# Use of Monitoring Approaches to Verify the Predictive Accuracy of the Modeling of Particle-Bound Solid Inputs to Surface Waters

^{1}

^{2}

^{*}

## Abstract

**:**

## 1. Introduction

## 2. Materials and Methods

#### 2.1. The Study Area: Kraichbach

^{2}.

^{3}per year, respectively, which corresponds to about 15% of the river discharge at the gauging station. The annual precipitation in the study area is about 700 mm a

^{−1}[33].

#### 2.2. Monitoring with the Large-Volume Sampler

#### 2.2.1. Monitoring Campaign

^{3}s

^{−1}. The LVS was used to sample a wide range of flow situations over the four-year period.

#### 2.2.2. Large-Volume Sampler

#### 2.2.3. River Mean Concentrations

^{3}. The SPMC is calculated for the parameter dry mass of the sediment and the remaining solid concentration in the supernatant water and represents therefore the complete amount of solids transported in the river [34]. The relationship between the SPMC and the maximum discharge during the sampling periods can be expressed by a rating curve.

#### 2.2.4. Annual River Loads

^{3}, representing the sampling periods. Since the rating curve represents the relationship between the maximum discharge during sampling and the resulting concentrations, each volume segment was assigned an average concentration from the rating curve based on the maximum discharge. The approach is described in detail by Allion et al. [34].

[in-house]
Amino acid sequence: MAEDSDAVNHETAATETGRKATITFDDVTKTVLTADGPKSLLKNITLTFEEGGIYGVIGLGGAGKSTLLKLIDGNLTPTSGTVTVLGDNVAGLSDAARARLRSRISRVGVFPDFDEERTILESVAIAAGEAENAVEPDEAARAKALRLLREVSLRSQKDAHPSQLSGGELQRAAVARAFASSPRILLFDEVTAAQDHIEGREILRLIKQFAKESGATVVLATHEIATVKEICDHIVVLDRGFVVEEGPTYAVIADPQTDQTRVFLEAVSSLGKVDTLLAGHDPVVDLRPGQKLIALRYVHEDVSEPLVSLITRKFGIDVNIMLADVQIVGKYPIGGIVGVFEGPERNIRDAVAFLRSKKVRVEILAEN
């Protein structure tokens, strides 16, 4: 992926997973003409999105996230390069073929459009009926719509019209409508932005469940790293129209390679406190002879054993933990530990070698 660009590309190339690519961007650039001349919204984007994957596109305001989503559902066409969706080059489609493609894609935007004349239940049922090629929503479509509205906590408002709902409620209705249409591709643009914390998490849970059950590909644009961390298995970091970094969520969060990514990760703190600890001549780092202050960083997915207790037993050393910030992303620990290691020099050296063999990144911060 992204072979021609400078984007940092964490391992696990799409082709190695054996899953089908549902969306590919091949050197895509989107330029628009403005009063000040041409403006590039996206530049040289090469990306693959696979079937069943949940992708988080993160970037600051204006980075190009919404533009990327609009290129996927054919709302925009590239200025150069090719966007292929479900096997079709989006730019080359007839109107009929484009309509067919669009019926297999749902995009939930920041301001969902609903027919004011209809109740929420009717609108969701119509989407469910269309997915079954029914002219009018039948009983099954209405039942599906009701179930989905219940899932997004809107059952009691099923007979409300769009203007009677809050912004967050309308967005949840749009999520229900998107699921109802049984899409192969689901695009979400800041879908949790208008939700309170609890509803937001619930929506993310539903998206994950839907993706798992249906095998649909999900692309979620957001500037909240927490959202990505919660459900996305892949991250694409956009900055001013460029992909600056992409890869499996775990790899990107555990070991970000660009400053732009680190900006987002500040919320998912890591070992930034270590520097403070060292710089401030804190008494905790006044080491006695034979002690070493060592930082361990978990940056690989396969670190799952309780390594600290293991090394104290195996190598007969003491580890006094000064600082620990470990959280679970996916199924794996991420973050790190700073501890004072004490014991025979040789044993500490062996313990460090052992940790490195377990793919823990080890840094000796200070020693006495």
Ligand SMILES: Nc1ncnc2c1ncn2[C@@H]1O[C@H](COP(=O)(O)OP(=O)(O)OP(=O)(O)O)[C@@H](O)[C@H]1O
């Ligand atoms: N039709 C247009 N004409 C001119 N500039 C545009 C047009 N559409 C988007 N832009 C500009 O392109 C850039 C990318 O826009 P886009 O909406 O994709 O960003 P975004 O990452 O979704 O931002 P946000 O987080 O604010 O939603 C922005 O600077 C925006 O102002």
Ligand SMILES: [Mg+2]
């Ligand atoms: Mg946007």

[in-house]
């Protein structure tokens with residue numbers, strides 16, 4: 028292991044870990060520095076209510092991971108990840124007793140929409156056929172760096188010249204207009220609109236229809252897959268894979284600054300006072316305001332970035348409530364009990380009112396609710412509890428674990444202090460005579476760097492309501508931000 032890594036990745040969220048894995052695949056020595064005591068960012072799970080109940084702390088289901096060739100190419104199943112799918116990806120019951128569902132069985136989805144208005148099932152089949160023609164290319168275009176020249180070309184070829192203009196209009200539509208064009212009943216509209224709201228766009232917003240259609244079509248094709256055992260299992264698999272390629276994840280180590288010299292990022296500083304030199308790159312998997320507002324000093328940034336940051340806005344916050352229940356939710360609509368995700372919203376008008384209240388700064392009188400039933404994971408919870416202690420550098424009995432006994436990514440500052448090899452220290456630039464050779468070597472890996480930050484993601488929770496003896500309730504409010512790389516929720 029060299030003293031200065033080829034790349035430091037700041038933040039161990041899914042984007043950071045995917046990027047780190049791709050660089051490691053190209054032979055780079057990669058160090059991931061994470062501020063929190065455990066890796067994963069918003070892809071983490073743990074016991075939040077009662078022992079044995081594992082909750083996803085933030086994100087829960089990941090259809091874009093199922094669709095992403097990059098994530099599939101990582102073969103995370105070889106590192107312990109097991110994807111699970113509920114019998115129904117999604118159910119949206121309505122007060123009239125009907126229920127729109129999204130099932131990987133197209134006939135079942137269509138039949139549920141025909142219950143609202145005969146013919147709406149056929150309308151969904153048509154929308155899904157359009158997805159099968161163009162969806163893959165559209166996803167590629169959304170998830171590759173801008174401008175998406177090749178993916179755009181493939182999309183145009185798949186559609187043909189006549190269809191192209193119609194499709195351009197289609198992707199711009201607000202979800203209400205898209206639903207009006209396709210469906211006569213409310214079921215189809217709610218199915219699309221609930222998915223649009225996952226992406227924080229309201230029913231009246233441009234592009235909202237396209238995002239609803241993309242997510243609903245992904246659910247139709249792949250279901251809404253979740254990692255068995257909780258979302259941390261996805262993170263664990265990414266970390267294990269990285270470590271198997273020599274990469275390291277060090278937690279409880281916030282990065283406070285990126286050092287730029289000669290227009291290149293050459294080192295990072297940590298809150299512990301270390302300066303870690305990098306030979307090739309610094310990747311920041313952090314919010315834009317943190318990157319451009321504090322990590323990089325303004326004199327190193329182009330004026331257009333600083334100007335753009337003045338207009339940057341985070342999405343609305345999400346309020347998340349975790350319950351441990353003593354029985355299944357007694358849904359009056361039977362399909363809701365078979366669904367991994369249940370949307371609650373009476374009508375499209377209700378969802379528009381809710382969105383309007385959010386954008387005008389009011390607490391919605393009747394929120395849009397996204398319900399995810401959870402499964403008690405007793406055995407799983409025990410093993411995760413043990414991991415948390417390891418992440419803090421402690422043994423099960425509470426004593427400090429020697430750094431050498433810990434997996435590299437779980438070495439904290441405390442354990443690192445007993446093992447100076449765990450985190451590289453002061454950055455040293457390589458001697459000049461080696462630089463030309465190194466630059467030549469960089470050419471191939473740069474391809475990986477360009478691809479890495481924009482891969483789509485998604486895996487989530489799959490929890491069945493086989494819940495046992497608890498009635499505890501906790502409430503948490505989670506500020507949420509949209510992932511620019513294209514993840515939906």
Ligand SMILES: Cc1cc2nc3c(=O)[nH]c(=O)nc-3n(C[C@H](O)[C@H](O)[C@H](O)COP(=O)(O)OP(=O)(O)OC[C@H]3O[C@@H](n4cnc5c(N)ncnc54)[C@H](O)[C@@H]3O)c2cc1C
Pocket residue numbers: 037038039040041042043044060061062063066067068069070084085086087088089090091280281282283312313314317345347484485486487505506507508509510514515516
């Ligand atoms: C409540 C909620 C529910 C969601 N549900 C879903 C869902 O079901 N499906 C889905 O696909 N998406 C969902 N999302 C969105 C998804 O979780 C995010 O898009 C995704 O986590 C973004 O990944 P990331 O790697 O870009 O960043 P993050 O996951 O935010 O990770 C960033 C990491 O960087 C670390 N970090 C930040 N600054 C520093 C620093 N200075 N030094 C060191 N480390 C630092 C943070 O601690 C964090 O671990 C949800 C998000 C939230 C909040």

#### 2.2.5. Dry-Weather Load

^{3}s

^{−1}(approx. 2MQ) for the river Kraichbach. They stated that up to this discharge no systematic relation between discharge and solid concentration could be found. However, the authors point out that this dry-weather load also includes rainfall events. Therefore, the threshold for the dry-weather load was adapted and set to the limit of 1.65 m

^{3}s

^{−1}(1.5MQ) considering the measured values. Rainfall events cannot be completely excluded here neither. However, based on the given data it seems to be more likely that the concentrations are not systematically influenced by runoff processes. Because of the given uncertainties not only the median concentration but also the range of the 25th and 75th percentiles is considered.

^{3}s

^{−1}are extracted from the LVS data set.

#### 2.3. Modeling Approaches of the Sediment Input

^{−1}a

^{−1}] results as follows (Equation (1)):

^{−1}a

^{−1}, R as surface runoff and rainfall erosivity factor [N/(h∙a)], K as soil erodibility factor [(Mg∙h)/(ha∙N)], L as slope length factor (dimensionless), S as slope inclination factor, C as cover and tillage factor and P as factor to account for erosion control measures.

^{2}grid based on temporally high-resolution radar-based precipitation data, using the original equation of Wischmeier and Smith [23]:

_{e}= I

_{max30}× E

_{kin}

_{e}as the erosivity of a single rain event [N h

^{−1}], I

_{max30}as the maximum 30 min rain intensity [mm h

^{−1}] and E

_{kin}as the total kinetic energy per unit area [KJ m

^{−2}].

^{0.4}× (sinß/0.0896)

^{1.3})

^{2}], ß as the slope [°].

- Area connection to the watercourse system;
- Watercourse distance;
- Connectivity probability;
- Sediment delivery ratio;
- Grid-related sediment input.